What Not to do When Starting a Summer Camp

Our IYCA Ultimate Performance Camp & Clinic Checklist makes it easy for anyone to get their first summer camp going. It is a step-by-step approach to getting all the essential tasks done that will make your camp the best in town…

And it’s 100% free. 😉

Interested in putting together a great summer camp this year?

Here is what you should avoid.

Wait till the last minute

This seems obvious. Waiting till the last minute will diminish the value of your camp, and likely make it sub-par. It takes effort, planning and a timeframe to allow for that to happen. Start now with planning your camp for the summer. You won’t regret it.

Not set a deadline

Establish a registration deadline for both early birds and regular registration. This is essential in creating a sense of urgency for signing up. Without a clear deadline and expectation for registration, it will be hard to gauge the baseline numbers for your camp.

A deadline 2 weeks prior to camp will allow you to get all the supplies needed to launch a dynamite program

Try and Do it Alone

Camps are a lot of work, don’t try to do it alone. College and High School athletes love opportunities to get experience working with kids. Leverage your current staff to optimize the process, and look for high school volunteers or college athletes to help implement the program.

You probably want to build community relationships with league coaches, middle schools, high schools—and leverage them to help you market. Getting the word out needs to be a joint effort. I recommend that you look for 2 internal opportunities and 1-2 external opportunities to get the word out about your camp.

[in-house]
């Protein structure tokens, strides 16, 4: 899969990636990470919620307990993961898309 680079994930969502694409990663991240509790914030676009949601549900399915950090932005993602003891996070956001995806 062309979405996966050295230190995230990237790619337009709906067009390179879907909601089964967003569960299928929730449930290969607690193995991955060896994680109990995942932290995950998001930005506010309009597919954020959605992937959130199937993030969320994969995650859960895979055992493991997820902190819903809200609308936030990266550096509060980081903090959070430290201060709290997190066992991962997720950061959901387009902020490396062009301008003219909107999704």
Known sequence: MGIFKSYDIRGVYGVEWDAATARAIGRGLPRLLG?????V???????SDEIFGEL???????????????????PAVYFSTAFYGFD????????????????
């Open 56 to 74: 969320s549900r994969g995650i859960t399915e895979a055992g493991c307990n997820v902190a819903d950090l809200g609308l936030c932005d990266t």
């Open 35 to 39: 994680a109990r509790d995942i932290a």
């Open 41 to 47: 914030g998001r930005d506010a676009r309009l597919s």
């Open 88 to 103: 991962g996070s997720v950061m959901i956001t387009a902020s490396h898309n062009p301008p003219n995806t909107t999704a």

The One-and-Done Approach

Camps aren’t meant to be a one-and-done opportunity. You may offer multiple camps per summer, but if you really want to grow your program, offer camps on an annual basis. This will help you spread your word of mouth marketing and generate a fan base.

Getting traction with camps can take time. If you fail your first year, evaluate “what worked” and “what didn’t work” and learn from the process. Get feedback from attendees and staff. Even though you’ll be exhausted, it’s best to do this immediately after the camp while everything is fresh on your mind. Once you had a good list for what went well and what didn’t, you can start planning next year!

Each year it will get better, parents will expect it and kids will look forward to it.

Want to minimize the work in planning for camps and clinics?

Some people may enjoy the novice approach of figuring out on their own, and that’s ok! But if you want a tried-and-true system for planning a camp or clinic, download our Camp & Clinic Checklist today to help you get started.

Download Checklist

About the Author: Julie Hatfield

Julie Hatfield (1)Julie is the Executive Director of the International Youth Conditioning Association (IYCA). She grew up as an athlete and played collegiate softball at Juniata College. She currently owns and operates her own youth fitness business pouring into young athletes. Her areas of expertise are youth sport performance, youth fitness business and softball training/instruction. Julie grew up on a dairy farm and can challenge the best of the best in a cow-milking contest. 😉

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